This was very important for me when I was in Scotland, as I was planning a road trip up to Culloden, near inverness, then to Dunrobin Castle, and up to John O’Groats and back down the NC500 to Edinburgh. It was a lot of driving time, and also a lot of miles on the car. It was important to find a car company that allowed unlimited miles. Some companies charged you after going over a certain amount of miles, which would have turned out to be an even bigger bill when I returned the car. So save yourself the extra bill and make sure your rental car has unlimited miles on it.

Things To Look For When Renting A Car

Look at Gas requirements

Most companies require you to return your rental car with a full tank of gas. They will offer to have you fill up the car at their station, but this is just another way to put some extra change in their pockets. Be sure to fill up your car before you bring it back.

The next question I would ask is, how common are gas stations between the locations you are traveling. Here in the United States, you can drive for several hours without seeing a single gas station (or sometimes a town). If you are in a snowstorm, or a hot and humid environment – the extreme weather can be life threatening. So be sure to notate how far each gas station is. When I go on road trips, I always make sure to have a quarter tank of gas as my emergency gas supply – that way, it gives me a few hours to find the nearest gas station.  

Things To Look For When Renting A Car

Do They Require a Credit Card or a Deposit?

When I first went to rent a car on my own, it was such an exhilarating feeling— I felt I was finally an ADULT! They asked for a Credit Card, and I proudly told them I did not own one but had a Debit Card. With the straight (I call it a Bitch Lady) face, she told me there would need to be a temporary $400 with drawl from my account. WTH! Being young and dumb at the time, I quickly realized this would leave me with very little spending money or food money on my vacation. Luckily my friend was with me and had a credit card she put on file and no deposit was required.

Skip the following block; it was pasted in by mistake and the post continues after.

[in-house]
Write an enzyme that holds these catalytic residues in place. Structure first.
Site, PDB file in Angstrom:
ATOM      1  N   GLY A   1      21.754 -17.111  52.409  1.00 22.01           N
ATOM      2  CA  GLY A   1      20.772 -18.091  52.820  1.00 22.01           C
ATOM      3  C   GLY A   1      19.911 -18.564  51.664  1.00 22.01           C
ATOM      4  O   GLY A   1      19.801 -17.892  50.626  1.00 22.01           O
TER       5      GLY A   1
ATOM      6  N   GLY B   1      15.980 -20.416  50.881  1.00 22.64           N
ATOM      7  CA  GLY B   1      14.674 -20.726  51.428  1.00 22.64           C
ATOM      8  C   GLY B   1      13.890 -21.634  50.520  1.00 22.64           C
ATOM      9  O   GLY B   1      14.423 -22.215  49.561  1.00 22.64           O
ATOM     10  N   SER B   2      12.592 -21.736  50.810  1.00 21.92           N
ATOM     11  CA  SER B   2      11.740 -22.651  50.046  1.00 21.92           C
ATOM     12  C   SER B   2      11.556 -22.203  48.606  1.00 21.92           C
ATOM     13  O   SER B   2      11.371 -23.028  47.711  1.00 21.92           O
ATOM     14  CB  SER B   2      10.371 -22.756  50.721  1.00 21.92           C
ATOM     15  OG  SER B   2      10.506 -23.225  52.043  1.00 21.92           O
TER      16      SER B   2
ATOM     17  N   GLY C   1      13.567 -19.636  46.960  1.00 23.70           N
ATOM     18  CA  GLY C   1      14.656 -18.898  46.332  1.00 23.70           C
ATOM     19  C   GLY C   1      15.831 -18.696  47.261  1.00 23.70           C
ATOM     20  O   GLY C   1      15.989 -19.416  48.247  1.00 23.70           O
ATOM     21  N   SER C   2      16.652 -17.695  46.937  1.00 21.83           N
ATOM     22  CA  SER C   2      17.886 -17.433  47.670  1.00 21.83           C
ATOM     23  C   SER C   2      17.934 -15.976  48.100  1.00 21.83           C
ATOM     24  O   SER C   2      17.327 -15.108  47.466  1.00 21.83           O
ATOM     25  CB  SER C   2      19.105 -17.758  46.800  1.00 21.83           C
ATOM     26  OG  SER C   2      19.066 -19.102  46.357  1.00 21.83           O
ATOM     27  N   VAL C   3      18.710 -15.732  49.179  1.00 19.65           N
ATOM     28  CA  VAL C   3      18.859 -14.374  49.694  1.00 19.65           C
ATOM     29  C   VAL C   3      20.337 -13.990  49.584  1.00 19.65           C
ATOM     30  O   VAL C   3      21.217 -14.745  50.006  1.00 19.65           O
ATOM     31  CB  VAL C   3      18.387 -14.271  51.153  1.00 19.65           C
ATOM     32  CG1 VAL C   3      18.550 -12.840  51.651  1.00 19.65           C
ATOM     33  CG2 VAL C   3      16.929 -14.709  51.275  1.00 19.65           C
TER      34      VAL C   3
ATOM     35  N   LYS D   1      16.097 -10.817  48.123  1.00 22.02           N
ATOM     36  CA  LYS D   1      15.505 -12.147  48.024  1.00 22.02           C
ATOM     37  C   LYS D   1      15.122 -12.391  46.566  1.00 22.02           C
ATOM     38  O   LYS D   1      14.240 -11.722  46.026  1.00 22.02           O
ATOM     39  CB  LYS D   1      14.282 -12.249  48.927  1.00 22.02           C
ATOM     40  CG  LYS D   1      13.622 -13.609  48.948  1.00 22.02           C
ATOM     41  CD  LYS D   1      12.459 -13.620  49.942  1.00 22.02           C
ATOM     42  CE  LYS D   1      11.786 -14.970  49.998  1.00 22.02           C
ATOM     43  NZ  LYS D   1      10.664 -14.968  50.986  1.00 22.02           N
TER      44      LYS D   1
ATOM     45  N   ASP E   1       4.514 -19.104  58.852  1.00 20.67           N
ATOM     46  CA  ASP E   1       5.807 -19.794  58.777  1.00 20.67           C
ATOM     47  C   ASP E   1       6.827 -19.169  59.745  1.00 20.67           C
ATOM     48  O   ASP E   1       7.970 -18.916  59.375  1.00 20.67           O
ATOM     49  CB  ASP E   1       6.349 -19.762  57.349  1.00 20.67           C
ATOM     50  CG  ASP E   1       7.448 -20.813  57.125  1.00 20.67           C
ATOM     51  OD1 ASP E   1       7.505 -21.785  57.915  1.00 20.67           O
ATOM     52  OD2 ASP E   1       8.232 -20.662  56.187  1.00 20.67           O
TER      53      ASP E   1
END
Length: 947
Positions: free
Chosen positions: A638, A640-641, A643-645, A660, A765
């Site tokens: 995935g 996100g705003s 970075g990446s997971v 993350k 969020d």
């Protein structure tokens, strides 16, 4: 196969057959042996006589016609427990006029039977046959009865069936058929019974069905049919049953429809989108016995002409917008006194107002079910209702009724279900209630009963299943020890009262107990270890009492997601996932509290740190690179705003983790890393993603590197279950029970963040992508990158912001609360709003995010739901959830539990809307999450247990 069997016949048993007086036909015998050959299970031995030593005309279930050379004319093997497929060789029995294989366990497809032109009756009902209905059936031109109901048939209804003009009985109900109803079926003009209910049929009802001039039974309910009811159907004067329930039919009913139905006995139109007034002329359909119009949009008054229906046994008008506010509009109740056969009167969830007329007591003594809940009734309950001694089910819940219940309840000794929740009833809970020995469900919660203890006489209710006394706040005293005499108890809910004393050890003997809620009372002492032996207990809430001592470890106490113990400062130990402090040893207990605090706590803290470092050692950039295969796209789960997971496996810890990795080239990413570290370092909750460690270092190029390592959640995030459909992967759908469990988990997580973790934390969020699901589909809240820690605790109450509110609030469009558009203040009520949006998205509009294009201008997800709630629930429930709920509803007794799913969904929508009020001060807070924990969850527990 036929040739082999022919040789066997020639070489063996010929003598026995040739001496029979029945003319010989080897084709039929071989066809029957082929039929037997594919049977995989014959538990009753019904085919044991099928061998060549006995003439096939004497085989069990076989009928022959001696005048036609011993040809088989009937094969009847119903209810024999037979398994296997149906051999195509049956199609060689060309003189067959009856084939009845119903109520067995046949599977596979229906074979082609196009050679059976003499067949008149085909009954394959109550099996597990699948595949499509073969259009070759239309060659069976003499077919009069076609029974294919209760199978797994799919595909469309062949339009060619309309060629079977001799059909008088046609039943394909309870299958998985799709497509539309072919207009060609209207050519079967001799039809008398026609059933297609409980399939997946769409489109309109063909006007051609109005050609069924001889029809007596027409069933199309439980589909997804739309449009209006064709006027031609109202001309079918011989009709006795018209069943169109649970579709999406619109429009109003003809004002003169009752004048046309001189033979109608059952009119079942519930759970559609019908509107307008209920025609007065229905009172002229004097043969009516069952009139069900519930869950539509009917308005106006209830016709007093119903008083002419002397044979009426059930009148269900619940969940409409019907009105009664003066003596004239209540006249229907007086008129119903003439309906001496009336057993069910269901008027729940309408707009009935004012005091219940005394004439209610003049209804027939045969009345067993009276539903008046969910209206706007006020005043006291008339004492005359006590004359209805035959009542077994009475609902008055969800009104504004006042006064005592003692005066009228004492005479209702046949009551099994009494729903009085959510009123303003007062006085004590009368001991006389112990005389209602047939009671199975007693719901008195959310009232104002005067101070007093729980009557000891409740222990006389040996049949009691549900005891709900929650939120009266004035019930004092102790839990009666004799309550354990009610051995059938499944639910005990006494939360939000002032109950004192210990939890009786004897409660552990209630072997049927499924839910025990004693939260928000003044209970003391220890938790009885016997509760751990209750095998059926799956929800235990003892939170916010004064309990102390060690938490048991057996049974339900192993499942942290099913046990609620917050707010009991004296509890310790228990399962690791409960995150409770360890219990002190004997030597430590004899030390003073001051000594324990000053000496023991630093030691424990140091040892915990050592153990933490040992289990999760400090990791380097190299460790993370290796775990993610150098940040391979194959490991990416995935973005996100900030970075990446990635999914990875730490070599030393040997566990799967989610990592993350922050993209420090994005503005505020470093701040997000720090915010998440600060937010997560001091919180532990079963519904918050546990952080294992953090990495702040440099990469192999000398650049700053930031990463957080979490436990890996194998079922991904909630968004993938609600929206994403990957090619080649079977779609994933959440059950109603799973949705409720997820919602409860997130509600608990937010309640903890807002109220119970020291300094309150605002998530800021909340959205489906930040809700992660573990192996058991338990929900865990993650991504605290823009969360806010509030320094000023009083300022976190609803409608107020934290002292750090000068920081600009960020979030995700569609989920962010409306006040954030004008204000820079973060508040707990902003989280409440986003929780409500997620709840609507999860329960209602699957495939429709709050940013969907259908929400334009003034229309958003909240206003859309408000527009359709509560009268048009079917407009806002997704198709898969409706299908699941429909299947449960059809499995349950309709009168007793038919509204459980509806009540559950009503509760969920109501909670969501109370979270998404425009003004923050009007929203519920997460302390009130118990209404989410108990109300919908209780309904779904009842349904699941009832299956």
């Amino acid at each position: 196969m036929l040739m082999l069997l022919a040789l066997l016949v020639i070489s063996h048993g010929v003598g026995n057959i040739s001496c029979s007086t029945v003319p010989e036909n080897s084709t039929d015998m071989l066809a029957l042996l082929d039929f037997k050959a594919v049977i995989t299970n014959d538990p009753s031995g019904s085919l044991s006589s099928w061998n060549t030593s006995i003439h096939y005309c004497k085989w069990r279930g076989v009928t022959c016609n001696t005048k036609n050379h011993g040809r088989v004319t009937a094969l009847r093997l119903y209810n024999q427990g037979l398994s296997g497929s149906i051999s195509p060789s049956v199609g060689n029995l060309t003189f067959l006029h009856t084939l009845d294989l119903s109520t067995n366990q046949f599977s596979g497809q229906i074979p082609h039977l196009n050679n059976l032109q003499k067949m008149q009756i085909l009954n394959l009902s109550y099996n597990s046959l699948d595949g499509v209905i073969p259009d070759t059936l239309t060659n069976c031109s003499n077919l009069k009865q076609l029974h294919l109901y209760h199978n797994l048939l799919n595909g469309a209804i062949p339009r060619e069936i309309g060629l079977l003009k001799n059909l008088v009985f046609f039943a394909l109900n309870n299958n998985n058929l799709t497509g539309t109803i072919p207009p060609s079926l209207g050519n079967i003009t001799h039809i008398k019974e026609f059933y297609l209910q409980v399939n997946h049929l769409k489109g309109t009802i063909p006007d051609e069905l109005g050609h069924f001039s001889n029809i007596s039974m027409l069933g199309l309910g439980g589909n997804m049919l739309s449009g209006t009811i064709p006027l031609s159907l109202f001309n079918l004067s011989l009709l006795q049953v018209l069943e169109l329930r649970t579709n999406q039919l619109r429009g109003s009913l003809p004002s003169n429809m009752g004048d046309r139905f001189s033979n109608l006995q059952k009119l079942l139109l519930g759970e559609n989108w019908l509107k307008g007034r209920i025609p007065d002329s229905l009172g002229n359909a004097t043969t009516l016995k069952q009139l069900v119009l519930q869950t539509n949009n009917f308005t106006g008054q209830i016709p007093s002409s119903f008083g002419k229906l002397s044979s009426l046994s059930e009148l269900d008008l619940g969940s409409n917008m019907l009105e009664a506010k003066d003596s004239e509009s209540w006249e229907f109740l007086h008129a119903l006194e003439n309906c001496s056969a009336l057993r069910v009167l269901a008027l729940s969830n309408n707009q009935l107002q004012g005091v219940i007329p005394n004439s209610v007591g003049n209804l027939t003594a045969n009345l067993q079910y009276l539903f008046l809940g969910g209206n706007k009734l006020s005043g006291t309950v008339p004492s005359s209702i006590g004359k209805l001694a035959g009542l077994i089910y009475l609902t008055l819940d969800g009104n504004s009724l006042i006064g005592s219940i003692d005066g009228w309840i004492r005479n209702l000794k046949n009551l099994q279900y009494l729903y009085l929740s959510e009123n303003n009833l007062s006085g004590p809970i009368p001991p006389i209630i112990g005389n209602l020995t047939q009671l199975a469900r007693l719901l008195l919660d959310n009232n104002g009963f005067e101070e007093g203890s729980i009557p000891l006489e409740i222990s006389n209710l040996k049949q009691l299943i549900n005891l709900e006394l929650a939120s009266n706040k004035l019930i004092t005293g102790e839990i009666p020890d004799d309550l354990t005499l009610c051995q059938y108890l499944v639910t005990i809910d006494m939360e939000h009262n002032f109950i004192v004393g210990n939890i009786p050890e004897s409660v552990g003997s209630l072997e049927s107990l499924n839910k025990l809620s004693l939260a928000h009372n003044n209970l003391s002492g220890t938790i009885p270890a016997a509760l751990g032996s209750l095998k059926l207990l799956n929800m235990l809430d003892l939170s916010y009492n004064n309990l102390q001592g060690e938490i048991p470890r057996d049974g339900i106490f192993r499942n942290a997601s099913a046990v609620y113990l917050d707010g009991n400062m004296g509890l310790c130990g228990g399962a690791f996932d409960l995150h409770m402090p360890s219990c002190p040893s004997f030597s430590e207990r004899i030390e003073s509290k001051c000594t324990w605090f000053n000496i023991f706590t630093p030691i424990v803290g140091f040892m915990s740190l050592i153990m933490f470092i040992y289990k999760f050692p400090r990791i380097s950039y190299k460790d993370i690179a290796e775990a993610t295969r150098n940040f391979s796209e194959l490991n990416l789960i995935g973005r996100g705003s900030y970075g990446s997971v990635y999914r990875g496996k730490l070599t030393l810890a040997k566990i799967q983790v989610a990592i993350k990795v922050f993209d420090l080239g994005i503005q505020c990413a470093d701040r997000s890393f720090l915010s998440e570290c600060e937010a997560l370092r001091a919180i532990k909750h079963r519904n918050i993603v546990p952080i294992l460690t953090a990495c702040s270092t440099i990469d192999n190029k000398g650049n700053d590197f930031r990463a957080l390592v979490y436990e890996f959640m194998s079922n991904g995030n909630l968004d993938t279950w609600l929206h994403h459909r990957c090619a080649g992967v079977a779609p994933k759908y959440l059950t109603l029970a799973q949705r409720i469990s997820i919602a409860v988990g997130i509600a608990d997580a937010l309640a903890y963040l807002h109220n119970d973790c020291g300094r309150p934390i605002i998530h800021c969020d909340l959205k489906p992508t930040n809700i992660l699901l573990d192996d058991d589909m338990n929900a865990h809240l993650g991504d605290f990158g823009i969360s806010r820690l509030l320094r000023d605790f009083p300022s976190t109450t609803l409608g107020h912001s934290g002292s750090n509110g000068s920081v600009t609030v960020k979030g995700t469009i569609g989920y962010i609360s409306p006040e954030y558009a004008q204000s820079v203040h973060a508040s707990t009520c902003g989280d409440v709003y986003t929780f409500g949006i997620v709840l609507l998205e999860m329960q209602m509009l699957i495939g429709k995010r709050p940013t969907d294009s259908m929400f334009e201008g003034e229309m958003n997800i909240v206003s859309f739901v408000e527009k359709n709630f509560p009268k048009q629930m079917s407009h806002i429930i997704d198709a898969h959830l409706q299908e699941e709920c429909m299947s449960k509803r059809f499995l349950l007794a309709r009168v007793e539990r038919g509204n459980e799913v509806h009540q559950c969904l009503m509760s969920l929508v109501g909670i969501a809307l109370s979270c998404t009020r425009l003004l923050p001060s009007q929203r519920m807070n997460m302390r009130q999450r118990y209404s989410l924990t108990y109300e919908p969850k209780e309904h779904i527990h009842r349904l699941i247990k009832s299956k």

Even though they didn’t charge her for the rental car, I felt completely mortified that I had to rely on someone else for this simple thing. So to all those rental car newbies, this is your fair warning.

Things To Look For When Renting A Car

What are the extra fees they tack on?

The extra fees they tack onto the car rental can be quite absurd. They can charge you for extra mileage, a tank that isn’t quite full, picking up and dropping off at different locations. There are even extra fees for picking up your car at the airport vs within the town. 

The initial price of your car rental may beat the competitors, but they will make up for it when you go to pick up your vehicle at their desk. This is why I like to call the company and ask them, or email them and have them state what the fees I should expect to see on my bill upon check out. Then I can print out what they said, and show it to the desk if they try to charge me for something that was not mentioned beforehand.

The fact is, they are able to get you with those hidden fees when your standing at their desk, in a foreign country or state – all other cars are rented/leased and you have no choice but to proceed with your rental car.

If you do want to take the risk with the seemingly cheaper options, a good rule of thumb is to add about $300 to any rental car fee. This will cover any additional fees or deposits that they require.

Things To Look For When Renting A Car

Shop Around For Rental Car Insurance

Not all healthcare is created equal, and neither are rental car insurances. Getting the insurance from the rental car company might seem like a good, and convenient option at the time – but it is likely going to cost you your life savings. When we rented a car in Scotland, they tacked on another $400 to our bill for insurance purposes. The thing is, I got home, called my insurance company at home and they covered rental car insurance internationally….. this was very frustrating for me.

I also found out later, that because so many rental car companies require a credit card; the credit card companies have started offering rental car insurance as well.

Things To Look For When Renting A Car

Take a video or photo of any Damage on the car prior to leaving the Rental Company